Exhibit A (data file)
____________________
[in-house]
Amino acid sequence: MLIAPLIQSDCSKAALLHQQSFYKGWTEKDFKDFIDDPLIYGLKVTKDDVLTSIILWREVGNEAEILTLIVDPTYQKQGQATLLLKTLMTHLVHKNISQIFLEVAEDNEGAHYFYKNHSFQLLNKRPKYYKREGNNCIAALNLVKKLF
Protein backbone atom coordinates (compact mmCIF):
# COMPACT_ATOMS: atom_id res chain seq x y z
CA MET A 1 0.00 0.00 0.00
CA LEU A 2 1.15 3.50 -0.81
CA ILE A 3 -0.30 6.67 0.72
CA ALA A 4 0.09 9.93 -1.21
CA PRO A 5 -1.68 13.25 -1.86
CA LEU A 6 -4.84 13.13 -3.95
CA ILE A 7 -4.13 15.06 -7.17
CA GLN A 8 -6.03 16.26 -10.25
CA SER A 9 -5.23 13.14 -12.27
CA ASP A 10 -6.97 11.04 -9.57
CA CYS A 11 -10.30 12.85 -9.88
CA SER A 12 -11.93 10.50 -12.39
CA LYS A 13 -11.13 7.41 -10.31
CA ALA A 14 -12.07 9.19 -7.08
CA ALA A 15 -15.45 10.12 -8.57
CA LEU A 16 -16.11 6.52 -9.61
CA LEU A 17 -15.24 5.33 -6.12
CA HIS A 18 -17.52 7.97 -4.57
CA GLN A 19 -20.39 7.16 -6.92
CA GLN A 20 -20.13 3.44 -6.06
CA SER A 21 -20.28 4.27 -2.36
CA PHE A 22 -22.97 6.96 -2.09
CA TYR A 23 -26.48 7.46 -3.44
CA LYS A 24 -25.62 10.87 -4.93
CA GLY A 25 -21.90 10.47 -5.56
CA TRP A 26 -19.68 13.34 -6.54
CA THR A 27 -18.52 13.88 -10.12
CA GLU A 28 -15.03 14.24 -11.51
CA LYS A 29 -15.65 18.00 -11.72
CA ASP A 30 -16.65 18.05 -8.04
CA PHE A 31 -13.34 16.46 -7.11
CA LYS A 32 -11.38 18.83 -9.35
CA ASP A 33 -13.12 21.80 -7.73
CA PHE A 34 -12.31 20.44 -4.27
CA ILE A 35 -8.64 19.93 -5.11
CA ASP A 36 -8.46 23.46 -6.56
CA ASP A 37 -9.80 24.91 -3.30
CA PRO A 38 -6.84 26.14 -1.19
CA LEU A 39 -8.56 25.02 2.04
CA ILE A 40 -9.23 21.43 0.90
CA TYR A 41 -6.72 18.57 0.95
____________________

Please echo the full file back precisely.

[in-house]
Amino acid sequence: MLIAPLIQSDCSKAALLHQQSFYKGWTEKDFKDFIDDPLIYGLKVTKDDVLTSIILWREVGNEAEILTLIVDPTYQKQGQATLLLKTLMTHLVHKNISQIFLEVAEDNEGAHYFYKNHSFQLLNKRPKYYKREGNNCIAALNLVKKLF
Protein backbone atom coordinates (compact mmCIF):
# COMPACT_ATOMS: atom_id res chain seq x y z
CA MET A 1 0.00 0.00 0.00
CA LEU A 2 1.15 3.50 -0.81
CA ILE A 3 -0.30 6.67 0.72
CA ALA A 4 0.09 9.93 -1.21
CA PRO A 5 -1.68 13.25 -1.86
CA LEU A 6 -4.84 13.13 -3.95
CA ILE A 7 -4.13 15.06 -7.17
CA GLN A 8 -6.03 16.26 -10.25
CA SER A 9 -5.23 13.14 -12.27
CA ASP A 10 -6.97 11.04 -9.57
CA CYS A 11 -10.30 12.85 -9.88
CA SER A 12 -11.93 10.50 -12.39
CA LYS A 13 -11.13 7.41 -10.31
CA ALA A 14 -12.07 9.19 -7.08
CA ALA A 15 -15.45 10.12 -8.57
CA LEU A 16 -16.11 6.52 -9.61
CA LEU A 17 -15.24 5.33 -6.12
CA HIS A 18 -17.52 7.97 -4.57
CA GLN A 19 -20.39 7.16 -6.92
CA GLN A 20 -20.13 3.44 -6.06
CA SER A 21 -20.28 4.27 -2.36
CA PHE A 22 -22.97 6.96 -2.09
CA TYR A 23 -26.48 7.46 -3.44
CA LYS A 24 -25.62 10.87 -4.93
CA GLY A 25 -21.90 10.47 -5.56
CA TRP A 26 -19.68 13.34 -6.54
CA THR A 27 -18.52 13.88 -10.12
CA GLU A 28 -15.03 14.24 -11.51
CA LYS A 29 -15.65 18.00 -11.72
CA ASP A 30 -16.65 18.05 -8.04
CA PHE A 31 -13.34 16.46 -7.11
CA LYS A 32 -11.38 18.83 -9.35
CA ASP A 33 -13.12 21.80 -7.73
CA PHE A 34 -12.31 20.44 -4.27
CA ILE A 35 -8.64 19.93 -5.11
CA ASP A 36 -8.46 23.46 -6.56
CA ASP A 37 -9.80 24.91 -3.30
CA PRO A 38 -6.84 26.14 -1.19
CA LEU A 39 -8.56 25.02 2.04
CA ILE A 40 -9.23 21.43 0.90
CA TYR A 41 -6.72 18.57 0.95